Discovered: a longevity gene caveat, coffee as workout enhancer, the golden age of bed bug research, and a few reminders from science.
- The potential downside of that longevity gene. They've been called the "Michael Jordan's of living longer" and have been hailed in a New York magazine cover story that had researchers trying to figure out their secrets to longevity. But, as Scientific American reports, one of the genes that the near 100 year-olds in the New York-covered study was also just linked to cognitive decline and Alzheimer's. "The same version of the same gene: in one study it slows dementia, in the other it promotes cognitive decline," which is the "exact opposite conclusion." But these things are common in DNA gene studies, the news outlet explains, "Unless the link between a gene and a disease or phenotype is a very strong one, researchers who try to follow up on initial studies often get different results the second or third time around." [Scientific American]
- Sure, drink coffee before lifting weights too. Might as well not break up the week day routine when you occasionally go to the gym to lift weights, right? As The New York Times explains today from a new study that looked at coffee as a weight-lifting enhancer, it seems that a cup has the exact same effect on someone at the gym as it does the office: “Essentially, we found that with the caffeinated drink, the person felt more able to invest effort,” said lead author of the study to The Times. “They would put more work into the training session, and when the session was finished, in the presence of the caffeinated drink, they were more psychologically ready to go again.” [The New York Times]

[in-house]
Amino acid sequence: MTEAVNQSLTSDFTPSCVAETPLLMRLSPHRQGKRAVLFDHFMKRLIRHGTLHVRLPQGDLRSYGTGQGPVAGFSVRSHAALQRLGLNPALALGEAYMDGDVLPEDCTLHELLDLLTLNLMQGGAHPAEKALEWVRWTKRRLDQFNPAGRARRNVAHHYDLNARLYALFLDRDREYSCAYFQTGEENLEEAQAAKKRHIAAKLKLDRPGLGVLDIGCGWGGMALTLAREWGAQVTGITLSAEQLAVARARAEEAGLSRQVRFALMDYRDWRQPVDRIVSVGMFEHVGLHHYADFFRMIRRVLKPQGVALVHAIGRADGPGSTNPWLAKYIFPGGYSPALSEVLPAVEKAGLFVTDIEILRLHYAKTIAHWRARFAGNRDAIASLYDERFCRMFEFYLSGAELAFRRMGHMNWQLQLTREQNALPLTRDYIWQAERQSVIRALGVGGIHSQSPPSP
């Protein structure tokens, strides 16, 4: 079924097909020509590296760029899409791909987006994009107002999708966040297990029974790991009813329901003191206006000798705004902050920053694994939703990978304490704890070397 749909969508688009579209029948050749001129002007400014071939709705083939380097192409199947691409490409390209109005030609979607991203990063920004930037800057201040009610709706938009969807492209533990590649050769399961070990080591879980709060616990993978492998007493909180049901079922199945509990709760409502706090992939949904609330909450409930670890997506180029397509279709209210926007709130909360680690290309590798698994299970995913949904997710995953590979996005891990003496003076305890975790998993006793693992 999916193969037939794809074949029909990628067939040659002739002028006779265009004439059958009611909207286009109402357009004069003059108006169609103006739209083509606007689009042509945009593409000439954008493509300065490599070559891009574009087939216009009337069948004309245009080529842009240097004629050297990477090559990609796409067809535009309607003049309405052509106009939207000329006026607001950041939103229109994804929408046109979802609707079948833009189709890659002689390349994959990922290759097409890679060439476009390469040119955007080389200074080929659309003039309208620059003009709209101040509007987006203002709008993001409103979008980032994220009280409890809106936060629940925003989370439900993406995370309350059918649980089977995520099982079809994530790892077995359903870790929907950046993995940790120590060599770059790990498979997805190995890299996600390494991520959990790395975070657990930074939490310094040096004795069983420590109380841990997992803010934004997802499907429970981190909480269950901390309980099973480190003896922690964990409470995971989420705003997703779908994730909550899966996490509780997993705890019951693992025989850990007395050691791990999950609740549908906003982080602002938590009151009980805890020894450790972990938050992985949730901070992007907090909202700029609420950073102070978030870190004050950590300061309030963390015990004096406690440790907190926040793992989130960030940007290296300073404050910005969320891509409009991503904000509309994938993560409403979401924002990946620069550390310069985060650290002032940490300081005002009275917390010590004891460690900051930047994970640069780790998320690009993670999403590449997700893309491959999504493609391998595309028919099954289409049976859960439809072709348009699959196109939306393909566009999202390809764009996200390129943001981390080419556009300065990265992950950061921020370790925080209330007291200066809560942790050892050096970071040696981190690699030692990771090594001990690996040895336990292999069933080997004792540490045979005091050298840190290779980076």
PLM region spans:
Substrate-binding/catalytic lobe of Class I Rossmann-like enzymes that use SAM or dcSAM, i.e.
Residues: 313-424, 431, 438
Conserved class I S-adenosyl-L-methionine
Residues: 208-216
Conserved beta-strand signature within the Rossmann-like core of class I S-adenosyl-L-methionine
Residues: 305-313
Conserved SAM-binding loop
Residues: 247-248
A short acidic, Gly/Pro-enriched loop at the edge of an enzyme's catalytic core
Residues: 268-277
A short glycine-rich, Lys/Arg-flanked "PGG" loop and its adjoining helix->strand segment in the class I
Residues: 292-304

- It's the golden age of bed bug research. It should be telling us something when we get a near-daily science reminders of how insufferable these apparently inbred pests really are. Recently we learned that our ancient ancestors solved their infestation problem by just burning all their bedding routinely. And, now, the BBC News relays new research about another probable reason for why prehistoric people were more likely to avoid the bugs: "Hairier skin may be the key to avoiding being bitten by bed bugs." Which apparently holds true today: "Other scientists have suggested that swapping thicker fur for clothes was a way of making insect bites and parasitic infestations less likely." [BBC News]
- And, today's deluge of obvious studies. Things we probably already know, but if not: Drinking alcohol encourages unsafe sex. Taking the stairs instead of the elevator may save time and give your sedentary self a bit of a workout. People who quit smoking report a more satisfying lifestyle. Kids sometimes want an incentive to eat their vegetables.
This article is from the archive of our partner The Wire.